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April 11, 2017updated 18 May 2017 11:37am

New quid on the block- a sterling effort?

By Anna Milne

The Bank of England has issued a new one pound coin which it claims is the most secure coin in the world. Its 12-sided, bimetallic, latent-imaged, micro-lettered, milled-edged, hidden high security-featured self is now legal tender and coming to a shop near you. Anna Milne asked some payments bods for their thoughts


Simon Black, CEO PPRO Group


This month the Royal Mint is undertaking its potential last flip of the coin by introducing an updated £1 coin into circulation. With the same shape as the old 12-sided three pence piece or ‘threepenny bit’, its makers claim it will be the most secure coin in the world.

The current £1 coin it replaces has been in circulation for over thirty years and is deemed to be vulnerable to ever more sophisticated counterfeiters. But how long will we be using this coin? The UK is swiftly moving towards a new cultural phenomenon – the cashless society.

In the UK, payments are generally made using the plastic in our wallet and increasingly, our mobile phones. £288m was spent through mobile contactless payments in the UK in 2016 with 38 million transactions carried out across the year. This was a 247% increase on the year before, with the most notable lift being from payments made via Android Pay.

Pubs, bars and restaurants, the places perhaps most likely to be an outlet to spend the cash burning a hole in our pockets, actually made up 20% of all mobile contactless payments it processed.

‘Meal deal’ hotspots for workers buying lunch – such as supermarkets and grocery stores – accounted for 54%. The popularity of mobile and contactless payments clearly demonstrates the acceptance of change when it comes to payments in the UK.

The current, or old pound coin, has been in our pockets for more than thirty years. I predict a much shorter lifespan for this new coin which I anticipate will be nothing more than a collector’s item in less than ten years.

Ross Macmillan, market intelligence consultant, allpay


The new 12 sided £1 coin is another clear sign that cash still plays an incredibly prominent role in society. For all the talk about cryptocurrencies, contactless and virtual accounts – the value of banknotes and coins in circulation in the UK has actually increased.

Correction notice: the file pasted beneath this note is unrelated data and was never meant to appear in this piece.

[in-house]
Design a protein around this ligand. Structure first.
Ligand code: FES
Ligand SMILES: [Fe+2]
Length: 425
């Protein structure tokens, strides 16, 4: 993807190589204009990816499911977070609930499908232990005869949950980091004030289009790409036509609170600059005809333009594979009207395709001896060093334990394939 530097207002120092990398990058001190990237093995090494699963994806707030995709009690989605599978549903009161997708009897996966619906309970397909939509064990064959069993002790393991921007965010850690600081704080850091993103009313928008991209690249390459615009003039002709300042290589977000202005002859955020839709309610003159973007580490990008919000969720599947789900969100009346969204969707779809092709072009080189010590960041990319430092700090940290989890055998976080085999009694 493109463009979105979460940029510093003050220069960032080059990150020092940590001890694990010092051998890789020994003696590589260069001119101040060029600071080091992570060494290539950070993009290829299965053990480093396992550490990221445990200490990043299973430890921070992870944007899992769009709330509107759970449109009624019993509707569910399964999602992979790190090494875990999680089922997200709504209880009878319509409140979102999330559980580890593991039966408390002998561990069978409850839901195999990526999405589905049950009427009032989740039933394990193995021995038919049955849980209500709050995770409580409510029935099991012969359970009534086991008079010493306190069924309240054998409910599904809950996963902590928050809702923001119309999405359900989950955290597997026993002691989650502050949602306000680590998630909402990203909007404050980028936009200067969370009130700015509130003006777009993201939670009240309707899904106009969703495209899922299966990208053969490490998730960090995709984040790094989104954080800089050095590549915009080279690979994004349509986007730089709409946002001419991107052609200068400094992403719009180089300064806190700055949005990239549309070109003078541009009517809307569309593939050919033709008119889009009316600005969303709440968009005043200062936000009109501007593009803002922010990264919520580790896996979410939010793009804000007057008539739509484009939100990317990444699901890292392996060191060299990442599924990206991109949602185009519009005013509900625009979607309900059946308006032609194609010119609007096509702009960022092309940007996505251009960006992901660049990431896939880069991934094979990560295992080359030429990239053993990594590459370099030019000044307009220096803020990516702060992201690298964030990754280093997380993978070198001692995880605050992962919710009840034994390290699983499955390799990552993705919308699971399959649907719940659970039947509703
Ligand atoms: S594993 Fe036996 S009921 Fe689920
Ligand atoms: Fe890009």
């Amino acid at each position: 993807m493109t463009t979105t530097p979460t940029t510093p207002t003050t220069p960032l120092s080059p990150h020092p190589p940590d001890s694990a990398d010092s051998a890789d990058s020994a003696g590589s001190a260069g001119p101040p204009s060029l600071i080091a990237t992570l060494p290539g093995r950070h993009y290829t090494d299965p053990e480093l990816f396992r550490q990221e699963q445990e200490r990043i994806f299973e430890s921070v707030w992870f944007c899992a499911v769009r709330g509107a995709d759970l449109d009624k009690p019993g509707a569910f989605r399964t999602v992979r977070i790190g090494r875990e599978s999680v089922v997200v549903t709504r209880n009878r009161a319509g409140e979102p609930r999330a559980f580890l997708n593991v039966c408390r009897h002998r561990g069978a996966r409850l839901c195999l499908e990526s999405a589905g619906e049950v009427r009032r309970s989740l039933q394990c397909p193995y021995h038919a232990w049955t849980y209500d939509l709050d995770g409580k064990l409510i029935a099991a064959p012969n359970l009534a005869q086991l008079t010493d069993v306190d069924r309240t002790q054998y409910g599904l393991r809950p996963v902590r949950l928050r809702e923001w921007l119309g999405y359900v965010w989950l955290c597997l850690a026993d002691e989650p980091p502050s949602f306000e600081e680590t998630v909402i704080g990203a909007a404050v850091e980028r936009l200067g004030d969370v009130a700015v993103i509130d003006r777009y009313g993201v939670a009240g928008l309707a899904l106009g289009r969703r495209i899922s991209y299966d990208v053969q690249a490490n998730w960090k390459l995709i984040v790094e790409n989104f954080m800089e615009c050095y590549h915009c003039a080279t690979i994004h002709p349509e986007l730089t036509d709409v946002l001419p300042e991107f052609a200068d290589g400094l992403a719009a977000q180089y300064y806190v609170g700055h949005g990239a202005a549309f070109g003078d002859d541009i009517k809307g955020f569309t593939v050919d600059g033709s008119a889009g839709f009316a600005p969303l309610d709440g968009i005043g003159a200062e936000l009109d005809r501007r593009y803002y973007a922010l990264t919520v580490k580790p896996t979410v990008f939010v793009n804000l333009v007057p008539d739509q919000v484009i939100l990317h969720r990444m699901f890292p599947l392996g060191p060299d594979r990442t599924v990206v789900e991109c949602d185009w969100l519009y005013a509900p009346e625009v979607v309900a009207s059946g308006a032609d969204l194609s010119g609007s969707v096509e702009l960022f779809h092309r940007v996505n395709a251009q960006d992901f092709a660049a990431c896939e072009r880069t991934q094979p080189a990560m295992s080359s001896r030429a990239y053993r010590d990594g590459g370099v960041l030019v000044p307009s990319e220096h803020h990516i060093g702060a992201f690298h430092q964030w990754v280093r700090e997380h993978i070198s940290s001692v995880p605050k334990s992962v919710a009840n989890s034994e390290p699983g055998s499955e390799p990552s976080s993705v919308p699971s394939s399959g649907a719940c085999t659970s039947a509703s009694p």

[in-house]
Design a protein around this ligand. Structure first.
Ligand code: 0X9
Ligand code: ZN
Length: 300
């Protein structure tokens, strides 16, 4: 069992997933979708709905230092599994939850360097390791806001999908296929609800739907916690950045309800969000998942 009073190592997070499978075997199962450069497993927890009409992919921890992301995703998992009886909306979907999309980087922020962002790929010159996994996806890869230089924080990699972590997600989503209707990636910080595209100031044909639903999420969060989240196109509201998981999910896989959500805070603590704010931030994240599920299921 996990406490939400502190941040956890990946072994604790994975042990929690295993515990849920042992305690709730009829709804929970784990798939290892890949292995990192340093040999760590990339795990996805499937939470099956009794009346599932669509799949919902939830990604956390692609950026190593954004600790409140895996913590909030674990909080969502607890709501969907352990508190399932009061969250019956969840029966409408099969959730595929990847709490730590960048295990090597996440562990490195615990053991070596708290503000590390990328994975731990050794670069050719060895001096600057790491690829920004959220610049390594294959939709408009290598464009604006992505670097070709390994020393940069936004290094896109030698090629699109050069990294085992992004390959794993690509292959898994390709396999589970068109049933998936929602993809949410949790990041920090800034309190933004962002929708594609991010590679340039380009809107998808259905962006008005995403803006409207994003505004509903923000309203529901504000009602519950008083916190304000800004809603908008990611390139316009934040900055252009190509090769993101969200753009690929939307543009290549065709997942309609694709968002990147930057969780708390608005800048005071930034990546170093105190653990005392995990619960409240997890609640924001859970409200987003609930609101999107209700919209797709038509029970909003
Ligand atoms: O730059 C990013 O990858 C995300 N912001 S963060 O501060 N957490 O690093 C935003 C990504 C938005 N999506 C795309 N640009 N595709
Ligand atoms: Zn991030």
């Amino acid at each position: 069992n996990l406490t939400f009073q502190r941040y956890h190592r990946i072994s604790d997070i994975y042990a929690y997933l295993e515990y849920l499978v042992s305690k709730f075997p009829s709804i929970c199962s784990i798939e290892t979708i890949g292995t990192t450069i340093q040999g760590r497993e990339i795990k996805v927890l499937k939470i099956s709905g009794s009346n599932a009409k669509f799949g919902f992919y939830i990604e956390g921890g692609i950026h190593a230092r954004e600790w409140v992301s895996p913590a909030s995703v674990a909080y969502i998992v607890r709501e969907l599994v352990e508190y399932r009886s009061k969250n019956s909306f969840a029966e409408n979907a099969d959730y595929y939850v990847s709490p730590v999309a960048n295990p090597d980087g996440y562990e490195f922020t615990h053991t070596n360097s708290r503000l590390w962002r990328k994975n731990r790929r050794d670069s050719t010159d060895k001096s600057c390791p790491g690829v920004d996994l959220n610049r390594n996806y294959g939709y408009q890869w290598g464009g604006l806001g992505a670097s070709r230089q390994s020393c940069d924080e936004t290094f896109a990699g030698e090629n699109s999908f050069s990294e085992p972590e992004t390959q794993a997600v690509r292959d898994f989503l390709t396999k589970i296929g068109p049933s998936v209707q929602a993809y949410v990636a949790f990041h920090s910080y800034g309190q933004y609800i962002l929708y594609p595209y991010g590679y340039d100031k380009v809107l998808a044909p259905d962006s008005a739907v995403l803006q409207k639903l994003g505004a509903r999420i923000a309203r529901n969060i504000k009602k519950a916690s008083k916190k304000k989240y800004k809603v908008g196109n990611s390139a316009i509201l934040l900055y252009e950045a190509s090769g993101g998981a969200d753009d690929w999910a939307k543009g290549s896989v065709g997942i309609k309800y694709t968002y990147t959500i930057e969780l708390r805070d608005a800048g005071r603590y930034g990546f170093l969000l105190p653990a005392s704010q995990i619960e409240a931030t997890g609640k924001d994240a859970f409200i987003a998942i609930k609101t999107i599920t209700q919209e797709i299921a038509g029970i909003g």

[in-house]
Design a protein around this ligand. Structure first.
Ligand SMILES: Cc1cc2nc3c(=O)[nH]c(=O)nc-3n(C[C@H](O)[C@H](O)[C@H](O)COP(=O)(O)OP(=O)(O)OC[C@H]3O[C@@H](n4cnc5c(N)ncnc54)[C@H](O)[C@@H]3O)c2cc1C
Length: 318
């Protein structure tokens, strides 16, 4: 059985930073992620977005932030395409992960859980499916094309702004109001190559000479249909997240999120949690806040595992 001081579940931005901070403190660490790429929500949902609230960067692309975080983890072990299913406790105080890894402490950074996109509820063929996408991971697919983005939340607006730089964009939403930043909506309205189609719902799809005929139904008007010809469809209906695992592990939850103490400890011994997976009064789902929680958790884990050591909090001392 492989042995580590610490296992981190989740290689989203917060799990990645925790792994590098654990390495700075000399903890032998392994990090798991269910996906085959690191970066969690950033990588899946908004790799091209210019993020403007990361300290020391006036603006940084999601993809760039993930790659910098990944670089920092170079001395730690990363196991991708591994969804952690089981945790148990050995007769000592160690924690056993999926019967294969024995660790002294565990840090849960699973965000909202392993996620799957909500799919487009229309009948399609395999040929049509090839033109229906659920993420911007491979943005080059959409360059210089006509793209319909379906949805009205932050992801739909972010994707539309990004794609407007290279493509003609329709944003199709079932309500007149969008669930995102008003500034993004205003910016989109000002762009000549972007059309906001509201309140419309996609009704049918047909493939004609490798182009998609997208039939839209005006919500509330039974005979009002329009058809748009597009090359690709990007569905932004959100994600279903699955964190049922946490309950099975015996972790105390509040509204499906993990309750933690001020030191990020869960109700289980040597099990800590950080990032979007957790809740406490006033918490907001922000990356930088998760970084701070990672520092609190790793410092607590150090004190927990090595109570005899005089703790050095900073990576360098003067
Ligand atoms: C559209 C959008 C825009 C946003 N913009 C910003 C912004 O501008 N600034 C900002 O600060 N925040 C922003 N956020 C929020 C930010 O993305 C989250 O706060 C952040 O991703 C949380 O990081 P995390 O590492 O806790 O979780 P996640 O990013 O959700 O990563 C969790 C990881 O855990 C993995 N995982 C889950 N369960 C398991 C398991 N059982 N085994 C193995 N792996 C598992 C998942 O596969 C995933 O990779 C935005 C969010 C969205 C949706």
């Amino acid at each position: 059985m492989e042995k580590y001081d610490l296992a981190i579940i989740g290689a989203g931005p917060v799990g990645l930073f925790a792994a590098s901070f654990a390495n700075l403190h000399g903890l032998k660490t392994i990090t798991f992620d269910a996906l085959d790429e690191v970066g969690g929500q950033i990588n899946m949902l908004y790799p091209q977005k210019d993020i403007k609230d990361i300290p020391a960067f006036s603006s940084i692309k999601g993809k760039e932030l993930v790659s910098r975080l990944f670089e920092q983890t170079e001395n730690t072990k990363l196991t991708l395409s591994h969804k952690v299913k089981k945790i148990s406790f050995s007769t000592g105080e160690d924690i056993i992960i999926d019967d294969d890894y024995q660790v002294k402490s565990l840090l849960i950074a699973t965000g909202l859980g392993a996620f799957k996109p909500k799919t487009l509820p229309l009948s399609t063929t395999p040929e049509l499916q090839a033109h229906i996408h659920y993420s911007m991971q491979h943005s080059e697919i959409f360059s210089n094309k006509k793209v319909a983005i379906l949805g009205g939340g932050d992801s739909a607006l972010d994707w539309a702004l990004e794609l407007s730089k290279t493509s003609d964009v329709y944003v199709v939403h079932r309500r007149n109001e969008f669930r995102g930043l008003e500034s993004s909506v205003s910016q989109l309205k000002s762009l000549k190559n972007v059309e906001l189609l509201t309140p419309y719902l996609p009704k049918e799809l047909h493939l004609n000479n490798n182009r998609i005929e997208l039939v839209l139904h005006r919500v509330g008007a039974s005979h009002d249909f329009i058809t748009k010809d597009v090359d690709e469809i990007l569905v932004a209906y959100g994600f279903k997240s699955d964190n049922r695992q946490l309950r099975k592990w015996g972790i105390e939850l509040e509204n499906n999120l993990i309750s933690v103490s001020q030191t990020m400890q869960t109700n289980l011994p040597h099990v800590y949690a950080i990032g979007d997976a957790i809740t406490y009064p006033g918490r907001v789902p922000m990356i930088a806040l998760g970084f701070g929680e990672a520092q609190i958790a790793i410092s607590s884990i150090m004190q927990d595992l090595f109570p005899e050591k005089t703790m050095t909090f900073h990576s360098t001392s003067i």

And with cash still being the most popular payment method in 2015, you could argue cash is still very much alive and far from dead. Consider some of the major household bills like rent, council tax, water, TV Licence, gas and electricity.

Every year hundreds of millions of payments for household bills are made with coins or paper providing flexibility and convenience for the likes of the rurally isolated, unemployed, un/under-banked, digitally excluded, elderly or vulnerable.

If customers were unable to use cash, they’d incur arrears on their bills and fall into debt. Even by 2025, Payments UK predicts that cash will still be used to make nearly 30% of all payments.


Lu Zurawski, consumer payments solutions practice lead, ACI


The government estimates that currently one in thirty £1 coins in circulation is a counterfeit. The new coin will have a number of features that make it much more difficult to counterfeit, the most distinctive of which is its shape which makes it instantly recognisable, even by touch.

Whilst many in the payment industry have predicted a cashless society over the next 20 years or so, the fanfare over the format of a one pound coin offers a reminder of the challenges when it comes to changing the way people pay.

Although parking meters and vending machines have started to convert to app-based, mobile payments, it seems that metal coins will continue to offer convenient access to supermarket trolleys and gym lockers for generations to come.

The resilience of cash shows that even the ‘millennial generation’ may not be ready to accept a fully cashless state. To test this, try explaining to a pre-teen kid they’re not allowed to use the “coin pusher” machine at an amusement park.

Society has many ways of teaching impressionable citizens of all types and ages about the complicated social technology of value exchange. It should not come as a surprise that coin technology continues to survive.

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